Sunday, August 03, 2008

On Not Discussing Africa

“So there we are, cleaning the gutter, and Mary looks in the drainpipe, and guess what?” Bob leans forward. The sweat on his forehead matches the condensation on his margarita glass. It is 8 pm, a muggy summer evening in Austin, and the sky above the deck is still bright.
“You’ll really never believe it!” Mary stands behind his chair.
“What?” Brenda asks.
“It was our cat! She had come back!”
“No!” Paul says. His bite-size carrot stands erect in the hummus bowl.
“She had come back?! Ah, I bet you were just…” Brenda searches the deck floor for the word.
“Just flummoxed!” Mary says. “What was it, four weeks, five weeks later?
Bob nods. “We were really surprised.”
All pause, relishing the significance. Minutes before, I had told them of my Guinean village, how my friends get skinny each rainy season, when last year’s harvest has been consumed, but this year’s crop is just being planted, and Ramadan keeps them from eating all day anyway. They had paused with the same solemnity.
Luckily, I didn’t need people to be curious about Africa. After a year of unpaid therapy from Volunteers in Cape Verde, I didn’t have the urge to pour my heart out about Guinea anymore. Cape Verde, to which I would be returning shortly, didn’t elicit the same nostalgia in me that begets long and painful monologues...
..which was fortunate, given my stateside reception: “How was Africa?” people typically asked. “Good,” I replied, and we moved on to gas prices, i-phones, the fist bump, and other topics currently transfixing the American psyche.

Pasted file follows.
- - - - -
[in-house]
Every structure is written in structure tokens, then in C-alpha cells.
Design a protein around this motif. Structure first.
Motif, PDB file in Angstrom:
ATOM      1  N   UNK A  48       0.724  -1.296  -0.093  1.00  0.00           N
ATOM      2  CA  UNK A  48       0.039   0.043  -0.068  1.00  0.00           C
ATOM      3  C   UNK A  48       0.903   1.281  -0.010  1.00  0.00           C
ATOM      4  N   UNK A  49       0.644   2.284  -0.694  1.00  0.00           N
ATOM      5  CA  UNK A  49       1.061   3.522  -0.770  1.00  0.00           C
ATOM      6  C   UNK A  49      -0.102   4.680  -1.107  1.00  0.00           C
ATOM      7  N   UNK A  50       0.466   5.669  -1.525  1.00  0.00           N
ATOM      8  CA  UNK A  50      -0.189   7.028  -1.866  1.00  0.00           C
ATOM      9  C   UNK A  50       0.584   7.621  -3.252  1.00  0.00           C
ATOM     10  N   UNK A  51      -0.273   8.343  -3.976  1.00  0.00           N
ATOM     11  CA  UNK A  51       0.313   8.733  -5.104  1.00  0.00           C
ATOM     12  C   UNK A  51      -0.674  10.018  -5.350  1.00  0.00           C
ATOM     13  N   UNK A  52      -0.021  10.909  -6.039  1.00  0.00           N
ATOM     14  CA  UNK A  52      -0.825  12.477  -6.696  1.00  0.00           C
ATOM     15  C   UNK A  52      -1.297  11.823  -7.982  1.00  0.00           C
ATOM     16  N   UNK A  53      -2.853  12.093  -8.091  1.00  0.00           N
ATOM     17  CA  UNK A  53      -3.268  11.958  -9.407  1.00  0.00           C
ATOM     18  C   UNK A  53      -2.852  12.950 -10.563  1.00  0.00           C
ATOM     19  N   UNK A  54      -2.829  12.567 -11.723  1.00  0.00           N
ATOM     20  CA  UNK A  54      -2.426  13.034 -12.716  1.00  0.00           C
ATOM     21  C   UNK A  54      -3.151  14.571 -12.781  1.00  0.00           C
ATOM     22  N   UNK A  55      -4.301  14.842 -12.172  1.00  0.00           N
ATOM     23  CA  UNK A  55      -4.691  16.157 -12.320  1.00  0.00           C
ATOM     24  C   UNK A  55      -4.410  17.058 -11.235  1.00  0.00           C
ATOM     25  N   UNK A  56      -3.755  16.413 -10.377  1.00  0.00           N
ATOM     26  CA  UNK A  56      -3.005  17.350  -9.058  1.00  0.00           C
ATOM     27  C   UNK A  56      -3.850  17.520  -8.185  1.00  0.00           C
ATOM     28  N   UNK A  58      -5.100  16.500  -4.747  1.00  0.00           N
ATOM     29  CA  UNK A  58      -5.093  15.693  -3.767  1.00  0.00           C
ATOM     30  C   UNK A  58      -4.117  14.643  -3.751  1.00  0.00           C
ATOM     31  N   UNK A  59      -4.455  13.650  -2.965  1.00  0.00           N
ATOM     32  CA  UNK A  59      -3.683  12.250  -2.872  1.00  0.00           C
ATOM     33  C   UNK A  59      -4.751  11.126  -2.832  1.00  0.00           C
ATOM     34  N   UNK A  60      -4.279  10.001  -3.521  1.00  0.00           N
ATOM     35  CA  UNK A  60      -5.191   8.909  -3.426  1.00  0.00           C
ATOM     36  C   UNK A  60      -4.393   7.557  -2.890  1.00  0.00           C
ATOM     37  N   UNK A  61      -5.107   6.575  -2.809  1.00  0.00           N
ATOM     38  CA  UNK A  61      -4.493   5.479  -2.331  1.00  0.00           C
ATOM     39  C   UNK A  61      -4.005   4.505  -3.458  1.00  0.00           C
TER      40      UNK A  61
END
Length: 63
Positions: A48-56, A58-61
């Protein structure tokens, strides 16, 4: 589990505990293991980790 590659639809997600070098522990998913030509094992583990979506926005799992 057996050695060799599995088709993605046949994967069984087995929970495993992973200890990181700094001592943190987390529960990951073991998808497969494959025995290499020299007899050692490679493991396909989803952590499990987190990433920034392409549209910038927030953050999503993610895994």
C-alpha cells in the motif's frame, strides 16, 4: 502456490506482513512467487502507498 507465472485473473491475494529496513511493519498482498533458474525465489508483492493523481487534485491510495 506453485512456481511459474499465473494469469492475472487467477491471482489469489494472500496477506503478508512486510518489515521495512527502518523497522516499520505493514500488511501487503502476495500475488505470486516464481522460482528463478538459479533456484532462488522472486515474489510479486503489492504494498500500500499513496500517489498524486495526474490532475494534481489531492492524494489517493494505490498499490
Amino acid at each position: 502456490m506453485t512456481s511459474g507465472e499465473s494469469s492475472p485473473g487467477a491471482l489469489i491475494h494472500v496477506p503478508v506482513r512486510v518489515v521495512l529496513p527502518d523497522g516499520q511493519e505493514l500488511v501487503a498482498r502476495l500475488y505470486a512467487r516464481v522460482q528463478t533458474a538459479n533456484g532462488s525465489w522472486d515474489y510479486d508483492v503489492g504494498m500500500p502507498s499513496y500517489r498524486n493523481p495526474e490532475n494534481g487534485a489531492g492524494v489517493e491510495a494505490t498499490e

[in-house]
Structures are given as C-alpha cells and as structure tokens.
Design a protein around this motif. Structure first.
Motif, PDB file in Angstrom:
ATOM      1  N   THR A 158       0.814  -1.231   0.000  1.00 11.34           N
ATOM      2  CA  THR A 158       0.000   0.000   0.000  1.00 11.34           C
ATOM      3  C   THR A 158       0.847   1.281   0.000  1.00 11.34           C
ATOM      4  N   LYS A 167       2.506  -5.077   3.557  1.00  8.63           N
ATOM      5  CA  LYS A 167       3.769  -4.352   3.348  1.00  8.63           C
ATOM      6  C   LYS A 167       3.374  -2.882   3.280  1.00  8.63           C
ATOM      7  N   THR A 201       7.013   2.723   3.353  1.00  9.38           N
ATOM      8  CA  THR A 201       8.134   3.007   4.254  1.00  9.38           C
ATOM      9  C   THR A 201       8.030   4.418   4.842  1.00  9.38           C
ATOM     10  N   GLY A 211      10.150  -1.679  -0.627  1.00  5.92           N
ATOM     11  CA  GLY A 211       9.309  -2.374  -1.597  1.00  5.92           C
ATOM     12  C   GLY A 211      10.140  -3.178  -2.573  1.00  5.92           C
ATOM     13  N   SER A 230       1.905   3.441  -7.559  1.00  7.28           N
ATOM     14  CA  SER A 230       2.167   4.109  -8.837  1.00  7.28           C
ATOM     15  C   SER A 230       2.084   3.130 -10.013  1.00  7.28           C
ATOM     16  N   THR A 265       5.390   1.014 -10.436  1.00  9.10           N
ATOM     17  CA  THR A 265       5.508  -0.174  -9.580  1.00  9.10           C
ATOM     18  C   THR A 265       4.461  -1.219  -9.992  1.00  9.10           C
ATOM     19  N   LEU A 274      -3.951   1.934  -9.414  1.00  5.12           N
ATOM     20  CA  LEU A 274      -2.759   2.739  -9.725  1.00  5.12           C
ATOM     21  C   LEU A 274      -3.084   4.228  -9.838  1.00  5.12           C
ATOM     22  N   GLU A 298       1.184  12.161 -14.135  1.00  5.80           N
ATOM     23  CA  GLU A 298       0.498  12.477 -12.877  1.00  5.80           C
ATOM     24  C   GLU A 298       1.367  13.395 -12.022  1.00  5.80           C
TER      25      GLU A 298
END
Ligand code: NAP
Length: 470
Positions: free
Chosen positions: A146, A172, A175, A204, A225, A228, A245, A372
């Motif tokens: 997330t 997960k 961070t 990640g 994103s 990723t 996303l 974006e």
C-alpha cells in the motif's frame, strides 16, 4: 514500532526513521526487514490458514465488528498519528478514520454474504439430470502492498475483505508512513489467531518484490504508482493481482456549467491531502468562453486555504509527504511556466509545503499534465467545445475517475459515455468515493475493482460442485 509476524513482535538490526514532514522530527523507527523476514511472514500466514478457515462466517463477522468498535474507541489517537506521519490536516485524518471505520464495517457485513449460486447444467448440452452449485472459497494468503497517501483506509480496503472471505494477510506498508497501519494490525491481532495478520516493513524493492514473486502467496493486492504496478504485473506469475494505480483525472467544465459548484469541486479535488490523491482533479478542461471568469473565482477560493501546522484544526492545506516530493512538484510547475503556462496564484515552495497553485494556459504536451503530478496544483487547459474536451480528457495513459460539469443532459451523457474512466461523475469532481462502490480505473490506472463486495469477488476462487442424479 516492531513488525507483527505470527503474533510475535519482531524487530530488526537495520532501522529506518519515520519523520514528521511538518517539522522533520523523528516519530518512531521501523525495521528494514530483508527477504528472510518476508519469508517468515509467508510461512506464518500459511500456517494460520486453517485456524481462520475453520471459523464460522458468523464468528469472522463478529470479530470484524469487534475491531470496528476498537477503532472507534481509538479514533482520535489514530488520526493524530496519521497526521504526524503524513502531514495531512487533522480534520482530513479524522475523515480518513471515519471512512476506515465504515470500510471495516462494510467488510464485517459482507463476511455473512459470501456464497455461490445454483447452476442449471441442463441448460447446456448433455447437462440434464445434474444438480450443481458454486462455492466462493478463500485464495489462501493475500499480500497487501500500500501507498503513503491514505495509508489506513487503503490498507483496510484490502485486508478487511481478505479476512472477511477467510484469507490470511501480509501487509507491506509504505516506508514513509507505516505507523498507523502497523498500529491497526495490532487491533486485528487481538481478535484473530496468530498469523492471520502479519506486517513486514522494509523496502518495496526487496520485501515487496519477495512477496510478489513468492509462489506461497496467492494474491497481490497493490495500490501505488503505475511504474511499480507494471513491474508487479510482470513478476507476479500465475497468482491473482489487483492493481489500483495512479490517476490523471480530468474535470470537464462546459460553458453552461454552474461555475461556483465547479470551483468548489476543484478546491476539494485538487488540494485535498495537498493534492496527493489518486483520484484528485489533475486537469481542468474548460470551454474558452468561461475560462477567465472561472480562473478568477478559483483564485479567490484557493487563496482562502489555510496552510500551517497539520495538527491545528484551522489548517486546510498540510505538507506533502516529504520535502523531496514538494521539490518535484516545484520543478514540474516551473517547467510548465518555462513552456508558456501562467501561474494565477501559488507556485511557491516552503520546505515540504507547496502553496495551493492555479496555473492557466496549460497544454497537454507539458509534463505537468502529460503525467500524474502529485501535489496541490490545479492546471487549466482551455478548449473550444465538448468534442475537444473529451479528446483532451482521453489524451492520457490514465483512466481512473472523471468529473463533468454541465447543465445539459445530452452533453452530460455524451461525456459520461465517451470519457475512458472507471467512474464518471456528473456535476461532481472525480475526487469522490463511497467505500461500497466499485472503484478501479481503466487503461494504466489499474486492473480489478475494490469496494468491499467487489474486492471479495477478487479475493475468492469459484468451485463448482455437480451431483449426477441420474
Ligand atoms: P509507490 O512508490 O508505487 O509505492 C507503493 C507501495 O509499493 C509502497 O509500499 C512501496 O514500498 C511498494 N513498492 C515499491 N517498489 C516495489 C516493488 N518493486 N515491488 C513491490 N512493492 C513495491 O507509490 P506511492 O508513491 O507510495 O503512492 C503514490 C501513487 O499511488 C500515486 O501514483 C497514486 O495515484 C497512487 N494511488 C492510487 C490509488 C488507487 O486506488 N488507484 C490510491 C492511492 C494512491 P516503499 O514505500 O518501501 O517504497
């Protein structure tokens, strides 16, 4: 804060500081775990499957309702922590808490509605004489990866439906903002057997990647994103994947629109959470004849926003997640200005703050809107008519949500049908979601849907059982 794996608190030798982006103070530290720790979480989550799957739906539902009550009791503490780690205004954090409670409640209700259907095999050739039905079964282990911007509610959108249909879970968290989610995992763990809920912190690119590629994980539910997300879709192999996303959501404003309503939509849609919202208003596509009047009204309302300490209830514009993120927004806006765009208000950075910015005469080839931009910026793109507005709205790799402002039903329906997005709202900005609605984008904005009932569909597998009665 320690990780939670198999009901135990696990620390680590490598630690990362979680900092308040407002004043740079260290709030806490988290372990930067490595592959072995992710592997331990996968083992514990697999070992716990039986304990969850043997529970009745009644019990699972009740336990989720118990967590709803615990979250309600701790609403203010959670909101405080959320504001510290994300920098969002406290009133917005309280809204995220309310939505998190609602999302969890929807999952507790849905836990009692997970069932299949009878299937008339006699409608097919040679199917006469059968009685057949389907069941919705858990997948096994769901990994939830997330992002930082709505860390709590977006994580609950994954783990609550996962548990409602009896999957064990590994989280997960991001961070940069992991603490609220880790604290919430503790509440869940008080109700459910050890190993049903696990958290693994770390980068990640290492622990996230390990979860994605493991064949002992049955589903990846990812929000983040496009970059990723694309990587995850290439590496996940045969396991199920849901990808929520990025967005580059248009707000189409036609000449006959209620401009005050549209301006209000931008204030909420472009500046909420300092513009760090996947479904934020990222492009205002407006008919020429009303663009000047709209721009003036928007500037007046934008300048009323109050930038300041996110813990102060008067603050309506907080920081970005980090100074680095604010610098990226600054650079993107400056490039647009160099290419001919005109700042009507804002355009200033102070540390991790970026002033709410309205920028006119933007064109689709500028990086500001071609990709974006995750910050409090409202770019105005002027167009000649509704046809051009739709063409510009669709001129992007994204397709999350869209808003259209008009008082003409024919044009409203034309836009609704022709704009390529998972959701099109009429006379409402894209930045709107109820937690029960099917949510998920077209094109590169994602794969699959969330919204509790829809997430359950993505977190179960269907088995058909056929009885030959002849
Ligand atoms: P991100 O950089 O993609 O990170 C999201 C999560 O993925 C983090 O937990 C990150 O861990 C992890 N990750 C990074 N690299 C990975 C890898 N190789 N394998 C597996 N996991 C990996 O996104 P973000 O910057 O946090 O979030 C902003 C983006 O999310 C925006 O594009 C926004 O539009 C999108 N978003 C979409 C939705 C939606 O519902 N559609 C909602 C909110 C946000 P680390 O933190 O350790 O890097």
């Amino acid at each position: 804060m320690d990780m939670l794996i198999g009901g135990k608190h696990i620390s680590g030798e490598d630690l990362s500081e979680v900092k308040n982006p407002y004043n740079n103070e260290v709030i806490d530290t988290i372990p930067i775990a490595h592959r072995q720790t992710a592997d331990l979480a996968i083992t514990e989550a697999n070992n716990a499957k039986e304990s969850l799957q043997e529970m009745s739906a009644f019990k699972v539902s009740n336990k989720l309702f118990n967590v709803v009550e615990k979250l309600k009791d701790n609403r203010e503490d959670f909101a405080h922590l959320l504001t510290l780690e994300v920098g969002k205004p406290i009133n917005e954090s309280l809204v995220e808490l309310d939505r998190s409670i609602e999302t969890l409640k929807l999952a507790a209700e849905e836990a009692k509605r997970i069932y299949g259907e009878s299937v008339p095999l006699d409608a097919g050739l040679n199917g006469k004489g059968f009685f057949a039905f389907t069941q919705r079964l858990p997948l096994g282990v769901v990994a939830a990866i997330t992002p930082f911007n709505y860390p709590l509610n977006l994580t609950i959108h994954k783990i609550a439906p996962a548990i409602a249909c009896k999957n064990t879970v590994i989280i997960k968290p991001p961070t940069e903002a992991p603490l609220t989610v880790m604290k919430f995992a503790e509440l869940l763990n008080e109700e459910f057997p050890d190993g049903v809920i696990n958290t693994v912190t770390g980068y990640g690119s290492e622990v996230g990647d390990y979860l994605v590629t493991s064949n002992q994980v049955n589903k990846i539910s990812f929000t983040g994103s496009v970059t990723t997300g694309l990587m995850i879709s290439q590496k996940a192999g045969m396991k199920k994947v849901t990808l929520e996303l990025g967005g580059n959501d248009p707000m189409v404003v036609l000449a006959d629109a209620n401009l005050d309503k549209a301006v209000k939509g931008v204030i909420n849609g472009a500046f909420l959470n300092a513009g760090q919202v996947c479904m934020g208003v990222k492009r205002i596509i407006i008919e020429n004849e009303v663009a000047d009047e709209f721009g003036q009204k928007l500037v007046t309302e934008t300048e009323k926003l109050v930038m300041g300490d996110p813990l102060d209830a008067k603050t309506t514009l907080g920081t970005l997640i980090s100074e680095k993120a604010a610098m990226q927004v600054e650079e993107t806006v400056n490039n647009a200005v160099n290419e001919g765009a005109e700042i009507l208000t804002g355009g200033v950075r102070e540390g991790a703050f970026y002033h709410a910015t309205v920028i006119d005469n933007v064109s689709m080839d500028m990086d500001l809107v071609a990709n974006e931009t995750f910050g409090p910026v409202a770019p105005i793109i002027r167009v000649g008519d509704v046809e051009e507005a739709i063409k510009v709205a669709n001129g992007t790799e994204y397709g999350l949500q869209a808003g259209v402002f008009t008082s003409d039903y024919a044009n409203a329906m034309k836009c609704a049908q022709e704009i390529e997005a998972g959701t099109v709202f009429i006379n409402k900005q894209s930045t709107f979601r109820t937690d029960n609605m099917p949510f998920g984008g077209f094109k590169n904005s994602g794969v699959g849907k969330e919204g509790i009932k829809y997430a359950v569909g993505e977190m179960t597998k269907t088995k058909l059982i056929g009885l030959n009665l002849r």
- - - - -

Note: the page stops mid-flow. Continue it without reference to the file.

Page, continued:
I honestly didn’t judge: it’s human nature to be uncurious about things beyond your worldview, I reasoned, things about which you know so little that it’s hard to formulate good questions. Americans, with its economic might, vast territory and autonomous entertainment industry, may be a bit more prone to it. But for that very reason, it's even harder to condemn. And besides, I was thrilled to talk about the iphone myself (you can use it to turn on your itunes!).
So when a few curious guests approached me at a homecoming party and requested a speech, I declined.
“If people are interested, they will ask me privately.”
“But will have to repeat yourself!” they protested.
“Trust me, I won’t,” I smiled. “Since most aren’t interested and since I don’t need to talk about it, it just doesn't make sense.”
Then someone asked what I would pursue after Peace Corps.
“Because I think the first step in human rights and economic development is getting more attention to suffering people. The media does a great job at spurring awareness, and that is what leads to government and NGO projects, and ultimately change.”
I started. I’ve just stated why I needed to give the speech, I thought. I was so proud of myself for not needing attention that I was actually undermining an opportunity to get Africa attention.
“So I’m just going to talk a little bit about what I’ve been doing in Guinea and Cape Verde and then I’ll let you ask me questions if you have any.”
To my surprise, with a bit of background information, people asked great questions. The guests I had imagined least curious thanked me sincerely as they left. Perhaps ignorance and not lack of curiousity was the real reason for the apparent disinterest; even the iphone had to be hyped a bit before we cared about it.